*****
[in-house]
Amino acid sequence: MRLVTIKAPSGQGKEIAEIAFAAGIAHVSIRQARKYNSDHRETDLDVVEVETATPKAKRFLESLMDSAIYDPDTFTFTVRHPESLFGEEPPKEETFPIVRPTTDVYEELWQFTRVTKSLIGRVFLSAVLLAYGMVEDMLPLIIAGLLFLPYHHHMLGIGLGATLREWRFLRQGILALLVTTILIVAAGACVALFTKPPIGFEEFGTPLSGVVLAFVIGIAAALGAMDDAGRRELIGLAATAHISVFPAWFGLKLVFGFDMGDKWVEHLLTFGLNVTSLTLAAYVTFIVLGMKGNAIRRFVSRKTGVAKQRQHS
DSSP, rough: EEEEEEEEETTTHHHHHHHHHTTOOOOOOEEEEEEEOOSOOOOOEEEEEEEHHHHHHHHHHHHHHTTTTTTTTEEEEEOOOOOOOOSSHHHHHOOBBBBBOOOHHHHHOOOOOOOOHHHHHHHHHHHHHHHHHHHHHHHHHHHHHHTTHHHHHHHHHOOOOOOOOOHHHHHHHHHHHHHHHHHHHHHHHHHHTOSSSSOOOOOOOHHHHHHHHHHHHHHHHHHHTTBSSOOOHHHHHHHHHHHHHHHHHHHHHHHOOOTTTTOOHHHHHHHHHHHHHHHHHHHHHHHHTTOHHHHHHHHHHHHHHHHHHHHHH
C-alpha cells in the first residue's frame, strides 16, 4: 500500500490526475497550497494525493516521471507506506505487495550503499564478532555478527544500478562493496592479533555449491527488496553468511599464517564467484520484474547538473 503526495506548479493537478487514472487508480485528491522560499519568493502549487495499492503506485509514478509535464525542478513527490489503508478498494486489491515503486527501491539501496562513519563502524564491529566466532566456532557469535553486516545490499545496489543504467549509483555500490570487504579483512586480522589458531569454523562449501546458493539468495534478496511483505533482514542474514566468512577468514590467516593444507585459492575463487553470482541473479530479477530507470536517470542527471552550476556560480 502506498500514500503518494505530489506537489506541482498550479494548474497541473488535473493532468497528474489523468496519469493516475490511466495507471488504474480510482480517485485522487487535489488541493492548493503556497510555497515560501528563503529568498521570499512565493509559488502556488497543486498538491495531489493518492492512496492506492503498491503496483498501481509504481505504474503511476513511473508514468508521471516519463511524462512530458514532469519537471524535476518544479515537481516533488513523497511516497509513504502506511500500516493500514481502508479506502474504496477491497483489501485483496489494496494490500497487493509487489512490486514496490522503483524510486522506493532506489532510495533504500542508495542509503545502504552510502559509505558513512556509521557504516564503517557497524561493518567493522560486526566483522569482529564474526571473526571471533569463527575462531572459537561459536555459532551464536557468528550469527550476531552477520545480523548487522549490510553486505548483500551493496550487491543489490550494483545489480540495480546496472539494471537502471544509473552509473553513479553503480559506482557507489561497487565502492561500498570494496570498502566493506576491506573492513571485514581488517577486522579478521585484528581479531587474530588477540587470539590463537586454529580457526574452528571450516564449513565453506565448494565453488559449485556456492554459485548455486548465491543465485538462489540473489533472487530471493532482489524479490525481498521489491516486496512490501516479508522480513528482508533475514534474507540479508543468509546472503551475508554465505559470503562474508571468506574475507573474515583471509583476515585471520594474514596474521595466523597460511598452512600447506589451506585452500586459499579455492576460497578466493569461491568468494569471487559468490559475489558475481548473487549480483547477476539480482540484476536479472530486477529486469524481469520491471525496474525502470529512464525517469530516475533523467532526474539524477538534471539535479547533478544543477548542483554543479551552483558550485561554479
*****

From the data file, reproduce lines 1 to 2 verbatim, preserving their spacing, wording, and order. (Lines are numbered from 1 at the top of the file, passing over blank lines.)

[in-house]
Amino acid sequence: MRLVTIKAPSGQGKEIAEIAFAAGIAHVSIRQARKYNSDHRETDLDVVEVETATPKAKRFLESLMDSAIYDPDTFTFTVRHPESLFGEEPPKEETFPIVRPTTDVYEELWQFTRVTKSLIGRVFLSAVLLAYGMVEDMLPLIIAGLLFLPYHHHMLGIGLGATLREWRFLRQGILALLVTTILIVAAGACVALFTKPPIGFEEFGTPLSGVVLAFVIGIAAALGAMDDAGRRELIGLAATAHISVFPAWFGLKLVFGFDMGDKWVEHLLTFGLNVTSLTLAAYVTFIVLGMKGNAIRRFVSRKTGVAKQRQHS